I subscribe to “WriterL,” a listserv published “more or less daily from somewhere near Chesapeake Bay” by Lynn and Jon Franklin.
Jon is the author of two books I admire; Writing for Story: Craft Secrets of a Two-Time Pulitzer Prize Winner, from which I learned some excellent information on how to control my storytelling (tips I pass on in my classes), and The Wolf In The Parlor: The Eternal Connection Between Humans and Dogs, which I just plain enjoyed, perhaps because at the same time I was civilizing (or was she civilizing me?) a new puppy.
Jon posted to WriterL recently about voice and the role of the narrator… with his permission, I pass this on to you with the suggestion that if this kind of discussion interests you, you’ll find a subscription to WriterL (at $35 a great value) worth your time.
Take it away, Jon…
… the creation of the narrator is part of the idea of voice. It usually escapes the reader (as intended) but is sometimes part of the story (I’m thinking of the mouse in Ben and Me). The narrator is the mouse, but he’s not the author. (If it wasn’t a mouse, please don’t laugh me out of the house; I haven’t read it since I was a child.)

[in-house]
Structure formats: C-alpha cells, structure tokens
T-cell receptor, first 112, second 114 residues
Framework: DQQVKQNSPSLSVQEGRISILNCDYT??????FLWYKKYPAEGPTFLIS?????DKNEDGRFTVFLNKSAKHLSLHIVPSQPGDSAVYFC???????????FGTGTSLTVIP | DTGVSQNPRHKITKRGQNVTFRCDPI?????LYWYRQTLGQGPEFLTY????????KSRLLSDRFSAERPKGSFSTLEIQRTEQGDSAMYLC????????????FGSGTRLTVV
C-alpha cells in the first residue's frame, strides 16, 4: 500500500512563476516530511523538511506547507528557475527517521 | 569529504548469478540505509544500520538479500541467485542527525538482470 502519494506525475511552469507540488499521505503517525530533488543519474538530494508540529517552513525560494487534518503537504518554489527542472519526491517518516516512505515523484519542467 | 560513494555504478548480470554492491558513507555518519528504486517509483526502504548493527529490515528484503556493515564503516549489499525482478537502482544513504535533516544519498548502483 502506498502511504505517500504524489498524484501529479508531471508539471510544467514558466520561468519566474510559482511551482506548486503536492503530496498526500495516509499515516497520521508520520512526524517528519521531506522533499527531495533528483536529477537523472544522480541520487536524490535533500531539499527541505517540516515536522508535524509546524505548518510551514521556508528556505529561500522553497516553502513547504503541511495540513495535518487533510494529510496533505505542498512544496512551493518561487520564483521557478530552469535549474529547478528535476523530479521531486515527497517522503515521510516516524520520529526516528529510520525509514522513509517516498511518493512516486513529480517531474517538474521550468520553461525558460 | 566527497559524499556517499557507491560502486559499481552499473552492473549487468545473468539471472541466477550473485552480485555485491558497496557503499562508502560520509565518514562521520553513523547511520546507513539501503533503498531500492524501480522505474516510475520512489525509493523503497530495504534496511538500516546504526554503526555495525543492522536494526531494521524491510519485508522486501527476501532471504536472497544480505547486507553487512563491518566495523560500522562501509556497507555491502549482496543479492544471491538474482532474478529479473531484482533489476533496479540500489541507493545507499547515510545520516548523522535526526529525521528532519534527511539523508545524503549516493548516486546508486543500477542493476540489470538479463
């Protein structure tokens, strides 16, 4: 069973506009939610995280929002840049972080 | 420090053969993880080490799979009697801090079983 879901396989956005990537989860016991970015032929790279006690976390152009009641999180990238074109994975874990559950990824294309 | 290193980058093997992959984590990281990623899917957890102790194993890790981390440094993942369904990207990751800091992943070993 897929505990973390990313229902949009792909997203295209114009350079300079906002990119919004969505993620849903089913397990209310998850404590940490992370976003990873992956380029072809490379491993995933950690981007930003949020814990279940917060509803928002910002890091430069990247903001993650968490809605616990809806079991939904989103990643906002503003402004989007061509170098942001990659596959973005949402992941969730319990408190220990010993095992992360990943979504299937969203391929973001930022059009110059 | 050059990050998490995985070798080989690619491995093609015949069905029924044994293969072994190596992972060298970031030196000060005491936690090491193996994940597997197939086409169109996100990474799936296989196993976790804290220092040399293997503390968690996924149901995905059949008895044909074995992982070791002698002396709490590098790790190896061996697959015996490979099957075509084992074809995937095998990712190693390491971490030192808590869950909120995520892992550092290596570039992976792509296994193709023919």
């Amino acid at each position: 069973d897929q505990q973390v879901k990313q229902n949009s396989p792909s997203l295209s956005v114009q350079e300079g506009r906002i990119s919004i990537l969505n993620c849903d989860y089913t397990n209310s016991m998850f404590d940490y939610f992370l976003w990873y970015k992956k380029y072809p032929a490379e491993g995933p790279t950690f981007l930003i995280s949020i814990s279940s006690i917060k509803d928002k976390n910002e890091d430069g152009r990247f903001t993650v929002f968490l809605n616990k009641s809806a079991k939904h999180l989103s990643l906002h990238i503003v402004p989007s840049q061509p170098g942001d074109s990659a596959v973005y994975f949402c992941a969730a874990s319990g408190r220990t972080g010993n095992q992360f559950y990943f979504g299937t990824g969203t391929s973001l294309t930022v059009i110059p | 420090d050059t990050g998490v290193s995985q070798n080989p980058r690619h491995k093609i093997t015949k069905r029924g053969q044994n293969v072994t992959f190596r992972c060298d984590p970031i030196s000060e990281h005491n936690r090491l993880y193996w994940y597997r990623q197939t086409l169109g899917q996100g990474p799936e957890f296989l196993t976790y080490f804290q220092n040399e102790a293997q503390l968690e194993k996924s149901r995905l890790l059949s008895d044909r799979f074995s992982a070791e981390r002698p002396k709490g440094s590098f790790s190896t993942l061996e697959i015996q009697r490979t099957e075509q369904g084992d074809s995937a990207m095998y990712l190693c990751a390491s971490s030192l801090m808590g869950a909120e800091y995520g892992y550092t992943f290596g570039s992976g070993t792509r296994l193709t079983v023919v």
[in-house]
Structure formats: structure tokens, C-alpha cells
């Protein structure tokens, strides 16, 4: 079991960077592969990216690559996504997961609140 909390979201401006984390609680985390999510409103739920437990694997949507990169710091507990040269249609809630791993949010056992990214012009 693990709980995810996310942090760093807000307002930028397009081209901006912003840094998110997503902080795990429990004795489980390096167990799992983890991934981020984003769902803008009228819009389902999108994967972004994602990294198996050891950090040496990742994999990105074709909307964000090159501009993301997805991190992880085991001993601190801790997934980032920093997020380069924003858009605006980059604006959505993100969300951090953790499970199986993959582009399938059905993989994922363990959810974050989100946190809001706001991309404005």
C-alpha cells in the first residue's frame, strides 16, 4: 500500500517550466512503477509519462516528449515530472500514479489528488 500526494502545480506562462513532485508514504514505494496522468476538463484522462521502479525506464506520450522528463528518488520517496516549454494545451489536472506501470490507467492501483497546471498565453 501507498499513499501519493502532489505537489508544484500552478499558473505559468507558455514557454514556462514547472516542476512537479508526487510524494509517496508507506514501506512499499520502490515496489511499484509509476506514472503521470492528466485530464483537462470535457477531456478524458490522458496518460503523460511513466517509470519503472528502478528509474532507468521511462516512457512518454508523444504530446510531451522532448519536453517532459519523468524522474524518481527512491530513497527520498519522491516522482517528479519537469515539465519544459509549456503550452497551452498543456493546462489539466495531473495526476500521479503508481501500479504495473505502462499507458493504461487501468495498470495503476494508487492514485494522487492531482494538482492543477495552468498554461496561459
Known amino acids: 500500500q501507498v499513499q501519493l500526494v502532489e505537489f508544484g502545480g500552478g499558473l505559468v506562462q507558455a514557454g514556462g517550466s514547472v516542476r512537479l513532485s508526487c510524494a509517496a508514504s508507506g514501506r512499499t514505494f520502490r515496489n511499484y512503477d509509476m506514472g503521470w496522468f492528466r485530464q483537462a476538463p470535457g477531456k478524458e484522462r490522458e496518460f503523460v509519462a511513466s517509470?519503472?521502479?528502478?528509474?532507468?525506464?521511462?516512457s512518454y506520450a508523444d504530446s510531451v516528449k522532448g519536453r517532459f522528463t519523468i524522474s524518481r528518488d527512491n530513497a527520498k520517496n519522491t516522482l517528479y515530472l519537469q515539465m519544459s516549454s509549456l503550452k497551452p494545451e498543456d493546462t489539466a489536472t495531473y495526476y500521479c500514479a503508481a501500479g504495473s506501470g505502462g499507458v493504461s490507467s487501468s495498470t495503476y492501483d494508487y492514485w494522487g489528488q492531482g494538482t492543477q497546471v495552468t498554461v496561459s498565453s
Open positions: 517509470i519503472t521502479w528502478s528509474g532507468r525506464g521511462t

For yet another example, the first requirement of the narrator, be he third person or first, is that it be a character who is capable of seeing the story action in another. I know lots of folks who would never see the subtle dramas proceeding right in front of them. Most people don’t even see the drama they’re involved in. Those would obviously be poor characters to narrate a subtle struggle between a man and wife.
So I’m talking about a technical device used as a carefully-chosen vantage point to survey the story as it unfolds. The narrator might be given a full character, false character, or perhaps only a partial character.
Now, we who write memoir might think we have no choice over who’s the narrator of our story. But that’s a false assumption. We have many choices about how much we allow our “self” as narrator to know. What’s important, I think, is that the narrator of a memoir be able to “see the drama they’re involved in,” as Jon suggests. As I struggle with writing my coming-of-age years, I find it useful to think about whether to give myself a full character, false character, or partial character, unformed as I was. Thanks Jon, for your insights!